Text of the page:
Maxine McKew, the federal Labor candidate for Bennelong running against the Prime Minister, does not believe Australia's political culture is holding women back.

"If women can come up through The Philippines, which is a much tougher society, or Benazir Bhutto in Pakistan, a much more abrasive society ... deeply patriarchal societies have produced female leaders."

True, but female Asian leaders have all been widows, wives or daughters of male martyrs from prominent political dynasties. Indira Gandhi became prime minister shortly after her father Jawaharlal Nehru, the country's first prime minister, died; Bhutto, the daughter of slain former president and prime minister Ali Bhutto, has been prime minister twice and may be a third time; Sheikh Hasina Wajed was the daughter of Sheikh Mujibur Rahman, the father of Bangladesh's independence; Khaleda Zia was the widow of that country's dictator Ziaur Rahman; Corazon Aquino was the widow of assassinated popular Philippine opposition senator Benigno Aquino Jr; and Megawati Sukarnoputri was the daughter of Indonesia's first president Sukarno.

In the US, Hillary Clinton is campaigning to follow her husband Bill into the White House, while Nancy Pelosi is the Democratic Speaker of the House. Yet it is New Zealand which leads the world when it comes to women in leadership.

Not only does New Zealand have a female prime minister in Clark, who entered her third successive term in 2005, but in 2000 every key constitutional position in the country was held by women, including Silvia Cartwright, the Governor General, leader of the Opposition (and former prime minister) Jenny Shipley, attorney-general Margaret Wilson (now the Speaker of the House of Representatives, Chief Justice Sian Elias and of course the head of state, Queen Elizabeth. Until last month, the chief executive of Telecom, the country's biggest listed company, was Therese Gattung.

Despite Australia's progressive stance on women's suffrage in the previous century, Australian political culture has been ambivalent about women's rights. Many in the Labor party opposed female suffrage fearing that women would vote conservatively, and many trade unionists also feared that working women would take away jobs from working men. Both sides of politics saw women's role in society as revolving around the domestic sphere.

It wasn't until 1943 when women were endorsed as candidates by the ALP and the United Australia Party (the forerunner of the Liberal Party) that Enid Lyons, widow of former prime minister Joseph Lyons, won a seat in the lower house and Dorothy Tangney who stood for the ALP was elected to the upper house.

Yet the representation of women in the Australian parliament continues to lag behind the percentage of women in the population, with 37 women in the House of Representatives out of 150 members and 23 female senators out of 76.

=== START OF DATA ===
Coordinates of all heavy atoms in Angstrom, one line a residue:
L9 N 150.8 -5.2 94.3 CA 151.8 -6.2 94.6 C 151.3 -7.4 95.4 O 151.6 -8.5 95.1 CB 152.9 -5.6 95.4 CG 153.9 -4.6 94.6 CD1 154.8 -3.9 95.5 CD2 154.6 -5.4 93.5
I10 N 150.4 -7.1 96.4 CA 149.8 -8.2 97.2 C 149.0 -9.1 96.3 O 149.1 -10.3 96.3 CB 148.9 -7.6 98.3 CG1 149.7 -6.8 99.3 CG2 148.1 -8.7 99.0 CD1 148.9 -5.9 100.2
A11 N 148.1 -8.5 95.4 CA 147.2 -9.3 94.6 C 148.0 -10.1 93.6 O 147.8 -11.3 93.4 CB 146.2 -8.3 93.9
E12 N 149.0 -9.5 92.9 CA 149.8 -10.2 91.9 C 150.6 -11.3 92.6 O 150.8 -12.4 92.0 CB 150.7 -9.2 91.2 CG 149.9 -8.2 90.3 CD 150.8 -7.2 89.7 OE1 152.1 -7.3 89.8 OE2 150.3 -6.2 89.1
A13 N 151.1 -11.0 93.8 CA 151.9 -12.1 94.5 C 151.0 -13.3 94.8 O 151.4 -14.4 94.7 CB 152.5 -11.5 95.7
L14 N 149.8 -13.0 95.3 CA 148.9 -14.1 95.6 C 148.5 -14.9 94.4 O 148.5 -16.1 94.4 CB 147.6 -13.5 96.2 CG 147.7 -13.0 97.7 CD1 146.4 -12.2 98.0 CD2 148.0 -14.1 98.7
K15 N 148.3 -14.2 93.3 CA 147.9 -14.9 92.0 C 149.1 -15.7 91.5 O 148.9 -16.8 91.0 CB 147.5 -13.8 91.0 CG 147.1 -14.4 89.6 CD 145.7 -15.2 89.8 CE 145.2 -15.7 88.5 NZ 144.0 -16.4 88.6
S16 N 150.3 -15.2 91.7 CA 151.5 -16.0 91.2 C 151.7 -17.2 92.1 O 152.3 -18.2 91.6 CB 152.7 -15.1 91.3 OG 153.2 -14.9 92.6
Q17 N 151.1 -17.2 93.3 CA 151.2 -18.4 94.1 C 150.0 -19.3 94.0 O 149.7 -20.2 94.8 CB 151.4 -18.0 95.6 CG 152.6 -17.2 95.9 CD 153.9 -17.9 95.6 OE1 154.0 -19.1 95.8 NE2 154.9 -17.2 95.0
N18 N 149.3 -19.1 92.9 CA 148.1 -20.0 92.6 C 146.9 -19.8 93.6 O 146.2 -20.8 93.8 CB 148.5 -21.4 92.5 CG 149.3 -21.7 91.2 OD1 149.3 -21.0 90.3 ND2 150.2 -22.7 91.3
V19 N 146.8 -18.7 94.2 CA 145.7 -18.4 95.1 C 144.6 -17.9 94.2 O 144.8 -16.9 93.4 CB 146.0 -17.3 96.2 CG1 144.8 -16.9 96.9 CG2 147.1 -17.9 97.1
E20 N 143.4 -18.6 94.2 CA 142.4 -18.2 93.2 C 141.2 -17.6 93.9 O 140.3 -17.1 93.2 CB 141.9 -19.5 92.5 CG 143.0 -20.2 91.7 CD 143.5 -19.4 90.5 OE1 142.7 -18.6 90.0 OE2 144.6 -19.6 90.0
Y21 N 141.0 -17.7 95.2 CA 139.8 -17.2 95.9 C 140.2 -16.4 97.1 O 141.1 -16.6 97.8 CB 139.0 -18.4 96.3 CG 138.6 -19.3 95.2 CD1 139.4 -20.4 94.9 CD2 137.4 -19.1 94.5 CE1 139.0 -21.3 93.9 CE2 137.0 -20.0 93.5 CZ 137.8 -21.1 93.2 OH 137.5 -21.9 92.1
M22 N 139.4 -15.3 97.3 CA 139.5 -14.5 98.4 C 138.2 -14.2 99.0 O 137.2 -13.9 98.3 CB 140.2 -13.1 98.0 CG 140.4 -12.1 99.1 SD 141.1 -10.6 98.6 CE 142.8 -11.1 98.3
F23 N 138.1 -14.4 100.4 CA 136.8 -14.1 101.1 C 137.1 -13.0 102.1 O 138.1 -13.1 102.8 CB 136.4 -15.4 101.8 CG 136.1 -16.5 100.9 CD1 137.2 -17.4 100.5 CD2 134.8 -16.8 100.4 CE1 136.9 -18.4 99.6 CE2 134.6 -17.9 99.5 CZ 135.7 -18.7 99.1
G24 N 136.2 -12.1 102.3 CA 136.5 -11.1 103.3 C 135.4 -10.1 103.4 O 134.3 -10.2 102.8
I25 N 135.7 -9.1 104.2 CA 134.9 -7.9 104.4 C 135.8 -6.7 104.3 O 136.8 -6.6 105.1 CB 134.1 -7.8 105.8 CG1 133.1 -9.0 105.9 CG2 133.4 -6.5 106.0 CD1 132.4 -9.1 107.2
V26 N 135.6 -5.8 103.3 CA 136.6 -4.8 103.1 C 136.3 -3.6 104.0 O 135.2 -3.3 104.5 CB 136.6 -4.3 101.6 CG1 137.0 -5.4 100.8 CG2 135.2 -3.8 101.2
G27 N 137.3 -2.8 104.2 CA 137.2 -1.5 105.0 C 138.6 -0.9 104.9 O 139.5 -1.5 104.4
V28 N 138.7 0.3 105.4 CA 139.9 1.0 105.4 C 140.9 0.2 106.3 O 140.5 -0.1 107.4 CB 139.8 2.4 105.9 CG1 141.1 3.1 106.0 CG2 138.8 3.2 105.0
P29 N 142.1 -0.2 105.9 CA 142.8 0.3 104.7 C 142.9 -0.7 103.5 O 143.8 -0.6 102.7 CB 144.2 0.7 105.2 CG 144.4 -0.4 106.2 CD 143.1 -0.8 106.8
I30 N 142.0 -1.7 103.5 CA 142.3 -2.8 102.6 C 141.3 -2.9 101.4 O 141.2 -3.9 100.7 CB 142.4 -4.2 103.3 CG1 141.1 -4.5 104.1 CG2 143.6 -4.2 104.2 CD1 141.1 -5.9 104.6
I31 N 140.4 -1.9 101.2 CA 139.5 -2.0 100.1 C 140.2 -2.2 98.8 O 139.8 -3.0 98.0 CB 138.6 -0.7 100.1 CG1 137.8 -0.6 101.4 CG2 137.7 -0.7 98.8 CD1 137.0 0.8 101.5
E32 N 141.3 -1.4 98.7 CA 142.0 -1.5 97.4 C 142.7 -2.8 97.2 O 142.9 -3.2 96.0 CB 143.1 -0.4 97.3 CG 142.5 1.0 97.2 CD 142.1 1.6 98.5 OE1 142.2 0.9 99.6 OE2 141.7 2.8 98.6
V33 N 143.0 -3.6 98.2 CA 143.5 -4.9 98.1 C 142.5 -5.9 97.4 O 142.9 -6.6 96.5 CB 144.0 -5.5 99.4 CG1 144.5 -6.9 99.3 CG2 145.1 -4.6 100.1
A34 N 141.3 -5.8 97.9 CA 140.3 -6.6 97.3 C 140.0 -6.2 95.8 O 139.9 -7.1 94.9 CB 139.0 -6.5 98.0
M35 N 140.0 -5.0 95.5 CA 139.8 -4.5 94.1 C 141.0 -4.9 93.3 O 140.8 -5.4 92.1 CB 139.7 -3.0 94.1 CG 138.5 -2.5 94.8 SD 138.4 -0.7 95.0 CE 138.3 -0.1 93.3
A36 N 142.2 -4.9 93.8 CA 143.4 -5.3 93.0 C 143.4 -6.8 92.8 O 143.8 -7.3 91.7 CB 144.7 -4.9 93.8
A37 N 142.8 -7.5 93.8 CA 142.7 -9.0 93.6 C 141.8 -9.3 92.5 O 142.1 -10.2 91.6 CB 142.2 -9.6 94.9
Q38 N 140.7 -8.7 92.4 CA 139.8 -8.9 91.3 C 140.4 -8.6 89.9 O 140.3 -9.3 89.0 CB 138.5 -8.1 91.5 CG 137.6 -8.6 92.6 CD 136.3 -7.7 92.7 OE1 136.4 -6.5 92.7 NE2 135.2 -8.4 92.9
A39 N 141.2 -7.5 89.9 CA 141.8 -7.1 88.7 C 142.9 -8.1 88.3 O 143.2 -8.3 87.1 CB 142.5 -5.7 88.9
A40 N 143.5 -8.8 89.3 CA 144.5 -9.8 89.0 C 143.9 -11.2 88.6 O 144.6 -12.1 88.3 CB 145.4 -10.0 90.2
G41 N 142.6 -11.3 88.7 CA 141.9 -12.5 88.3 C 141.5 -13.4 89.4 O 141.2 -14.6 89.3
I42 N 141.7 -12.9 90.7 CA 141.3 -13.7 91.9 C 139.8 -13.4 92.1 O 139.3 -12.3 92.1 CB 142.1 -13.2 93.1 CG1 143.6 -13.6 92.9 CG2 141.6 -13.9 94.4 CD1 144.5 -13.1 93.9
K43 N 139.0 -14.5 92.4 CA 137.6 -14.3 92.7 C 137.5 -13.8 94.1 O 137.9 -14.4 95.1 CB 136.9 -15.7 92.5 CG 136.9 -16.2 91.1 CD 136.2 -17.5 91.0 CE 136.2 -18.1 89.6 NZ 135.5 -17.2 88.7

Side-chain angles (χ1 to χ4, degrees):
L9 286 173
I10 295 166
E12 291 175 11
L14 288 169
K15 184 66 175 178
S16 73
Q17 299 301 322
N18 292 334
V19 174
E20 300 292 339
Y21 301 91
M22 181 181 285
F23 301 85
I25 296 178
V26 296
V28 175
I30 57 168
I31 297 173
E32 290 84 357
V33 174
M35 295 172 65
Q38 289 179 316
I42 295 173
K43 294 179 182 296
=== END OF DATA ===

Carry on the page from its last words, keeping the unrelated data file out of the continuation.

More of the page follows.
"When I was starting in journalism in 1974 there was a tiny number of women in federal parliament," says McKew. "Senator Kathy Martin (1974-84) was one of very few."

Between 1975 and 1980 there were no women in the House of Representatives, and the first minister assisting the prime minister for women's affairs was a man, Tony Street, appointed by prime minister Malcolm Fraser in 1976.

McKew is disappointed that 100 years after women gained the right to enter politics so few women are in parliament.

"We're still just getting to a third. It's not an impressive record, and it does lead to fundamental questions about the status of women in Australia and leads to some troubling conclusions: that we are still at some levels a pretty sexist society and that it has been particularly difficult for women."

Bishop believes that with increasing numbers of women in parliament, it is inevitable Australia will one day have a female prime minister. She also believes that the first female prime minister is more likely to come from the Liberal Party, which does not believe in quotas to get women into parliament. Of the 10 female cabinet ministers Australia has had, seven have come from the Liberal Party, including the three longest-serving: Amanda Vanstone, Margaret Guilfoyle and Jocelyn Newman.

McKew says the first female prime minister could come from either side of politics.

"But I think they will have the same strengths and weaknesses as any male, they'll be subject to the same challenges and their flaws and triumphs will be analysed in the same way. Life at the top is tough.

"Leadership at that level requires immense physical stamina, great mental discipline and, to be a great leader, imagination, and whether you're male or female they're the qualities that you have to bring together in one individual."

Gillard says having equal numbers of men and women in Australian parliaments is about merit and fairness.

"If you believe, as I do, that merit is equally distributed between the sexes, then you must also believe that our country can't afford to turn away half the talent and half the ability of the Australian community. And we cannot in conscience frustrate half the aspirations."

Gillard hopes that as more and more women enter politics and take on leadership roles the novelty will wear off.

"There will come a time when we will be judged purely on our achievements and our strength of character rather than whether we ascribe to what are seen as feminine traits, fit a particular model of attractiveness for public life or have fruit in a fruit bowl."

Rebecca Weisser is a Sydney-based freelance writer.


Media articles are posted for the purpose of criticism, comment, scholarship and research under "fair use" provisions and may not be distributed further without permission of the copyright owners, except for "fair use."